Teens in Ohio often find themselves with increased independence and freedom as they march through their high school years. For some, this is a quintessential time in which they delve into pursuing their passions and honing their academics.
For others, this independence comes before maturity and they begin life long habits of substance abuse and possibly addiction. As parents and loved ones, it is important to understand that immediate treatment is imperative and that the recovery process is not an easy one. It can be difficult to understand what the teenager in recovery is going through, but with a rudimentary understanding of the process, parents can help their adolescent progress in their rehab.
The type of treatment needed depends on the type of drug being abused. There are two primary types of treatment: inpatient and outpatient.
Outpatient care is generally used when the patient has yet to develop an addiction, has no other problems, such as an arrest record, besides the substance abuse. Many times teenagers in outpatient programs for drug abuse can complete their rehabilitation at their high school’s counseling department or rehab program. They also can attend weekly or biweekly counseling sessions at a local rehab center.
Inpatient rehabilitation takes place at a full time, live in facility. This type of treatment is usually reserved for adolescents with extreme problems, with can include run ins with the law, attempted suicide, addiction, or overdoses. Both types of rehabilitation are difficult for both the teen and their family to cope with, but they are worth it.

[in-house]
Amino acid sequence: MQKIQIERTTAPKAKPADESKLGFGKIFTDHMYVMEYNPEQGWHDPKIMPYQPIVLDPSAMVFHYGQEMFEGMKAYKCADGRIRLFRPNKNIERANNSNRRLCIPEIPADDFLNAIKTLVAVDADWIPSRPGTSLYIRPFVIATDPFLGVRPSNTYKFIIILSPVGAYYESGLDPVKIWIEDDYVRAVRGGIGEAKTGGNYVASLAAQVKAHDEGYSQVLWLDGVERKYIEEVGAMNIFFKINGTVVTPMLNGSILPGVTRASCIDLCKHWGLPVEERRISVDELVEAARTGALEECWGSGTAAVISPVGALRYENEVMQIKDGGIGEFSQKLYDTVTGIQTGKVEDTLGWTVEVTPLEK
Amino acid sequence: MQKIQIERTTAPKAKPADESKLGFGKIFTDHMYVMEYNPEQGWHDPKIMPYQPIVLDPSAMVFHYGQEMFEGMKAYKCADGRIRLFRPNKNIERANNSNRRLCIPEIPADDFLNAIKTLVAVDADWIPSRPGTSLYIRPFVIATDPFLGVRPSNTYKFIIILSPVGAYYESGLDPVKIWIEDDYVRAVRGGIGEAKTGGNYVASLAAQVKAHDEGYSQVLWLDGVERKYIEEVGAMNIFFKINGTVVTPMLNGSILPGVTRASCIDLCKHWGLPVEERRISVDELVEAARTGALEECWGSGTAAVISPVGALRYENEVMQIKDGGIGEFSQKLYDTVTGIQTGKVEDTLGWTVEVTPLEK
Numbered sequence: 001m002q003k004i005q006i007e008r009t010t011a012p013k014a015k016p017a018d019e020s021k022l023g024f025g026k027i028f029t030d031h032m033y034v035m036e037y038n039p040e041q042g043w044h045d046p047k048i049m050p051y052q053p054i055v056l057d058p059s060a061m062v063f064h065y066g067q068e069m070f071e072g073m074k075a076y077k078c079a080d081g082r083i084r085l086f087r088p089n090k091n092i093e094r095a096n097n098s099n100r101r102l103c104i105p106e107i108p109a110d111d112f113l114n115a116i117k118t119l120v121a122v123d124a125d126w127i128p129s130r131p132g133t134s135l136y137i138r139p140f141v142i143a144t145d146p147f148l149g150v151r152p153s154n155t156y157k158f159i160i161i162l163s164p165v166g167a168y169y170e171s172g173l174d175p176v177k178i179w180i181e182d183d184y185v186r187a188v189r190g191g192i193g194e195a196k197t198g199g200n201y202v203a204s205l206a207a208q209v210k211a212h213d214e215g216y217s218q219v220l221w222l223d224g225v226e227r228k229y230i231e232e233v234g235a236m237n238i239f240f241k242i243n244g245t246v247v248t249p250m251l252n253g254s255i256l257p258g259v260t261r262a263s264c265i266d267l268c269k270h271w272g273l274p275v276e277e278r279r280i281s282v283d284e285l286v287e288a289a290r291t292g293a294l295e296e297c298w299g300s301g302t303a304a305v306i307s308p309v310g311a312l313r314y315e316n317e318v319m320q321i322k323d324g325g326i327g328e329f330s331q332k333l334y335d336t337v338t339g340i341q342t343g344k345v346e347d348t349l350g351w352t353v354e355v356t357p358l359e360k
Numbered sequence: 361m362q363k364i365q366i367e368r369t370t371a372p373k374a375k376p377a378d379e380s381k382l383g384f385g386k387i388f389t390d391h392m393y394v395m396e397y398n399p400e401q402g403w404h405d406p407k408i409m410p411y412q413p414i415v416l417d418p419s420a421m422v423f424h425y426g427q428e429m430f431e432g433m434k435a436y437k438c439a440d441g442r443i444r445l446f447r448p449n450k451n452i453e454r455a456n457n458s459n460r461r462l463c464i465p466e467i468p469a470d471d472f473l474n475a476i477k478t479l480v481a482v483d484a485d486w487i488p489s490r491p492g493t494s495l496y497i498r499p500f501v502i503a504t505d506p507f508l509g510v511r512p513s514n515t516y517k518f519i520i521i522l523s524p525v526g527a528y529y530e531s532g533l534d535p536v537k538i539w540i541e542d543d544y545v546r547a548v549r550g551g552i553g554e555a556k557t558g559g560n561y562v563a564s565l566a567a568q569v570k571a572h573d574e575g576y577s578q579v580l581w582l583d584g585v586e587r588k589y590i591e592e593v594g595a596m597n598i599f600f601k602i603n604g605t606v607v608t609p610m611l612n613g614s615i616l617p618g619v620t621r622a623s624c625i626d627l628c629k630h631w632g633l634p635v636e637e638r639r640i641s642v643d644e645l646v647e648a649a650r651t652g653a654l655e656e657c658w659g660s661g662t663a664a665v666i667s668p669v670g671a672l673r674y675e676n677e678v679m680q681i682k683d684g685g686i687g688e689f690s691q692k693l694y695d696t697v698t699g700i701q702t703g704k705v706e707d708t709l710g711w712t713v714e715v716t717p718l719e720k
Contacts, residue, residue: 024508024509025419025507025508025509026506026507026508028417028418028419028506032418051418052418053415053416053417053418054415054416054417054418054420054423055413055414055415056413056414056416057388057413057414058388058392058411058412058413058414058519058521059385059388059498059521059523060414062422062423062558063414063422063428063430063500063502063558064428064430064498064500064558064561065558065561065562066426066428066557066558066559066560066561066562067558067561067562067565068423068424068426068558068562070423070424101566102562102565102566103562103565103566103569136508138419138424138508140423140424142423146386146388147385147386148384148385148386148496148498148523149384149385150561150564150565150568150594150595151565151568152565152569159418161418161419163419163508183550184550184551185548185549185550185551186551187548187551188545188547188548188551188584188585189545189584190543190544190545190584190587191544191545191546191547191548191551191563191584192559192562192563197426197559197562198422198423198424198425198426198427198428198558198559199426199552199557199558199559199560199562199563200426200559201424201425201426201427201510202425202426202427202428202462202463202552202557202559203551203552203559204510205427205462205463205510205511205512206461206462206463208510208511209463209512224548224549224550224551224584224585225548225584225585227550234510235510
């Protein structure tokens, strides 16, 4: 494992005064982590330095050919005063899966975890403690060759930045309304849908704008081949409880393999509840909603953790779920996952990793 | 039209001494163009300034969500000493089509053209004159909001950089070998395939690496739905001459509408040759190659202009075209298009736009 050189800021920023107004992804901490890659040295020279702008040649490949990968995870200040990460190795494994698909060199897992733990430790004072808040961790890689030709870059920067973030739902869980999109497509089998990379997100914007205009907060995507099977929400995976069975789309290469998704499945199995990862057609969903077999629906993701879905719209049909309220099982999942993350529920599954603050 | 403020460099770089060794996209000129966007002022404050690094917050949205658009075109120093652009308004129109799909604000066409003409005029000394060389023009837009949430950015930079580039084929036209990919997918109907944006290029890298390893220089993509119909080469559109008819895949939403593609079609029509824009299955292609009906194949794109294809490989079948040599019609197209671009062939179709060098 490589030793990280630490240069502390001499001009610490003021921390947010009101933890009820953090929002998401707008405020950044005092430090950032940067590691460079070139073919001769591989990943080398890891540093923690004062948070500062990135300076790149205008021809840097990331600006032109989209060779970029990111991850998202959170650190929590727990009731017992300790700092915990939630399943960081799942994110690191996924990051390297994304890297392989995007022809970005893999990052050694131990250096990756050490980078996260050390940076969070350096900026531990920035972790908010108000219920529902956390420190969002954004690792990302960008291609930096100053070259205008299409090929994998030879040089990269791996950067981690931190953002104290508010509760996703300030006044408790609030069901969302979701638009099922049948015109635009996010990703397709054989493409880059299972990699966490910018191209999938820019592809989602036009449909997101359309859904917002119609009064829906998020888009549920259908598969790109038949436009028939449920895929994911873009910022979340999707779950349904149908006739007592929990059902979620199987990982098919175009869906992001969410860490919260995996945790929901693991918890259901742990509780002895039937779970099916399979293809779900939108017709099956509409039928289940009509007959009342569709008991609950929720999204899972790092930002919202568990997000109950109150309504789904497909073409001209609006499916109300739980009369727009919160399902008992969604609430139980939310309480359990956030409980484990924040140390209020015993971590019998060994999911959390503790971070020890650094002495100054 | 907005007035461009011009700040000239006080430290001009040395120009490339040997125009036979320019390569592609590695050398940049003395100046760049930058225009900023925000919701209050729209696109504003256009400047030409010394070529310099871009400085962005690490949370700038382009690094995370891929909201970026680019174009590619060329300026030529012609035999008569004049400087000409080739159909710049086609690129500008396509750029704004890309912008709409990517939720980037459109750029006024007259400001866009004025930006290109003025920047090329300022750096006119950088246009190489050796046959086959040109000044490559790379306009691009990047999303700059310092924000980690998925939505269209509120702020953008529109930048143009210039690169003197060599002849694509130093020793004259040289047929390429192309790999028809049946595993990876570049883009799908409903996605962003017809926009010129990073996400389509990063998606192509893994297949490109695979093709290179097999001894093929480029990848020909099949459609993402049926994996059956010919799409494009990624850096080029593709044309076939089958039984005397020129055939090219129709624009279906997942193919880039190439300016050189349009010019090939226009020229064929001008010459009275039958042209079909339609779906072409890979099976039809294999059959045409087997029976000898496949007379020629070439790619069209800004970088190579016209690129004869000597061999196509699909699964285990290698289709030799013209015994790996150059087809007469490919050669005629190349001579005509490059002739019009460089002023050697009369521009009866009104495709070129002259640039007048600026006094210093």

If the teenager is participating in an outpatient rehab regimen, the parents will naturally be much more involved in the recovery than if they were at an inpatient facility. With this involvement comes responsibility. Parents should ask how treatment is going, and try to be as understanding as possible.
Likely, as is with teenagers, the teen will resent the parents for sending them to rehab, but honest communication on the parent’s end encourages honest communication from the adolescent’s side. Parent’s will also need to engage in frequent updates from the school, treatment center, or physician, to make sure progress is on the right track.
Since the youngster will still be living at home, the parents must do what they can to make sure they do not fall back into their abusive behavior. This may mean drawing a hard line about privileges and freedoms, which will not be easy, but may be necessary.
Inpatient rehab is a more intensive and requires less of the parents. If the youngster has a problem large enough to require inpatient care, usually the parents will not be able to see the adolescent for at least the beginning of rehab.
It will be emotionally difficult but if thorough research has been conducted on the facility, results should become apparent. Because personal time with the teen will be limited and monitored, it is important to be honest and straightforward with them when the opportunity presents itself.
Both types of rehab are very difficult for everyone involved and can cause a strain on the relationship between teenager and parents. However, it is still incredibly important that adolescents with a substance abuse problem in Ohio receive the rehabilitation they need.